Since I have had the fun of being stuck at our daughter and son-in-law's house, I have taken advantage of the opportunity to question him concerning kids and gangs. Here are some of the things I learned:

If a child is to resist joining a gang, he must have a nurturing mother IN THE HOME, who is emotionally available to him. He must know that she loves and respects him and is concerned for his needs. He must have a strong father IN THE HOME, who is more intimidating than the gang members. He must know that his father is strong enough, not only to keep him in line, but to protect him, and he must have a fear of incurring his father's displeasure. Not a very fashionable reality, to be sure, but then, truth and fashion rarely have more than a nodding acquaintance.

The fashionable father, who is supposed to be more feminine than masculine, is not strong enough to give boys a solid sense of security and the social and moral direction they require. They desperately need a strong male role model, but, too often, what they get is a sensitive, squishy-soft, Mr. Mom sort of guy.

Last evening, I listened to a young woman whose older sister horribly destroyed her life and, then, committed suicide. She explained that her sister's diaries describe how she always tried to push their father into a position where he would be forced to show strength, rather than, as she described it, always be the "good guy." He never did. We have known him for many years, and he is an unusually sweet man and an unusually unwise father, and his entire family has paid the price of his lack of willingness to be as tough as they needed him to be.

Even when a child has had the influence and training of two good parents, he needs something else - a sense of right and wrong, of good and bad. There must have been a sense of moral responsibility instilled in this child, to give him the strength to resist the tendency to go along with the crowd. It must, also, give him a capacity to feel guilt, which our son-in-law says is essential; without it, he will still be at risk.

Strong spiritual faith, contrary to the protestations of many in the social fields, is of great importance, for a child must have a sense that his parent's teachings of right and wrong are tied to something... something both real and eternal. Without that, instead of struggling to avoid destructive behavior, he only struggles to avoid detection.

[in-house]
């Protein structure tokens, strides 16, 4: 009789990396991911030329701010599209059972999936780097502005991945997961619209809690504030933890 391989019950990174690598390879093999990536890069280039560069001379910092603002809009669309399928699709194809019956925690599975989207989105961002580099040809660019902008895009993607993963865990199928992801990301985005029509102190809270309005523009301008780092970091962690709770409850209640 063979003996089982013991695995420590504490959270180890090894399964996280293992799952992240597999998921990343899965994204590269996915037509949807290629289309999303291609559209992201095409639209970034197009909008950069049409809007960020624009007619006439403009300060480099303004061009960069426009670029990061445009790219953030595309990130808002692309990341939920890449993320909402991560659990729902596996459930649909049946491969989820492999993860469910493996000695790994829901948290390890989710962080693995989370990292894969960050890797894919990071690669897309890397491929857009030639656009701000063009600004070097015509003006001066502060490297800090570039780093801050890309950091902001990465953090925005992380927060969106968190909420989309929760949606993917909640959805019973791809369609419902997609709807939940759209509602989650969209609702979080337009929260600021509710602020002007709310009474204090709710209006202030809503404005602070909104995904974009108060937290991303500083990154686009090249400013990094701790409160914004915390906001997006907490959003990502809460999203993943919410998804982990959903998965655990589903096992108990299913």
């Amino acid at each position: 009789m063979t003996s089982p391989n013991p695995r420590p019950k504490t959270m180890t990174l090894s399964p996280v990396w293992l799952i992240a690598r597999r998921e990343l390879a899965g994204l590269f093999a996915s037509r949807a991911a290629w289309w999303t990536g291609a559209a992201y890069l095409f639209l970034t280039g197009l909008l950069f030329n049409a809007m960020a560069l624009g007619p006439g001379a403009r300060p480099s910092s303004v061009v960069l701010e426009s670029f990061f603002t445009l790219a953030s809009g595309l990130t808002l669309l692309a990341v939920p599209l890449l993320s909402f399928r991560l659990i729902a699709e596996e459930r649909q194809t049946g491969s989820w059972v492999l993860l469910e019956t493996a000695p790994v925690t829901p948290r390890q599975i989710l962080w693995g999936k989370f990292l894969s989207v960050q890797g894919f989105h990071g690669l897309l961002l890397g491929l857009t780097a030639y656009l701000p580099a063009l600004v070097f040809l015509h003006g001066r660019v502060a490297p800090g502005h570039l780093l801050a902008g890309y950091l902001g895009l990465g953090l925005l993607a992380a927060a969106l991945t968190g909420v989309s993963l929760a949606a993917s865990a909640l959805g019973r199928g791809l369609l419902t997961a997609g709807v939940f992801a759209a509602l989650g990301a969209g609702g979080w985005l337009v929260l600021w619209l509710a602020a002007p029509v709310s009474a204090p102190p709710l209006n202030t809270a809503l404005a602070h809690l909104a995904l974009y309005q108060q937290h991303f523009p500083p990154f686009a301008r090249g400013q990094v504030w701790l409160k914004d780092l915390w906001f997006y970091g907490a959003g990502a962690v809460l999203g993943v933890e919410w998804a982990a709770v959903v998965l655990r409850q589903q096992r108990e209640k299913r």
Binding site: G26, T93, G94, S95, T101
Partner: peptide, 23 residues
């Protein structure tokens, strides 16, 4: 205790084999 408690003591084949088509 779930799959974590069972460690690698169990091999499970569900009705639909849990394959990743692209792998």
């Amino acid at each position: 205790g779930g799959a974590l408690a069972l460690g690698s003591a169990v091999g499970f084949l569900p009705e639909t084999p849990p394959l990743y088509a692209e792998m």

One young man has told me that, because of his trying financial problems, he wouldn't hesitate to sell drugs, to get money, if he didn't know how wrong, how deeply immoral it is. He says he knows many law enforcement officers who sell drugs, and he sees no reason why it should be anymore illegal for him to do so, than it is for them. Nevertheless, his childhood teachings, of right and wrong, are such a powerful deterrent, that he resists the temptation to solve his money problems, by preying on other people.

he home training that keeps this young man from selling drugs, for a living, is the same training that keeps teens out of gangs, but, in the 90's, effective home training is something of an endangered species. Parents are abused on one side, for neglecting to train their children; on the other, they are threatened if their training doesn't fit the criteria of the modern social pattern, and that modern social pattern is, too often, an unmitigated disaster. It has given us gangs, perpetual welfare, unwed mother and fatherhood beyond our worst nightmares and a level of violence and criminality that is destroying the very society that spawned it.

I remember during my many years as a school girl, a number of my teachers taught me that my parents were old fashioned. I was taught that if the things my teacher said disagreed with my parent's teachings, my parents were wrong, because my teacher was better educated and knew more than my parents. Actually, none of the above was true, but, as a child, I had no way of knowing that. Neither did my parents know that their rightful position of mentor to their own offspring was being undermined by a few arrogant, unprincipled teachers, and, unfortunately, neither did I; I was just a child and didn't understand what was happening.

Often teachers quote Socrates' lament on the social conditions of his day (2400 years ago); in addition to bemoaning the lack of respect children showed their elders, he described most of the social conditions with which we are currently struggling. His lamentation is used as proof that, socially speaking, things have always been and always will be the same as they are now. Wrong! If history were well served, those who quote Socrates would mention that a few decades after his statement, Greece fell and has never amounted to a hill of beans, from that day to this. Their society simply rotted from within, and they lacked the strength to resist the predation of their neighbors. History is not kind to America's modern thinkers. Gangs are not a new phenomenon; they have been around for millennia, and they have always been caused by the same social conditions. Children need to be nurtured by loving mothers; strong fathers are a necessity, not a luxury. Children must learn the difference between right and wrong and be capable of feeling guilt. If we cannot provide those few things for our children, it really doesn't matter what we do provide, because an extinct society has no needs.

Until next time,

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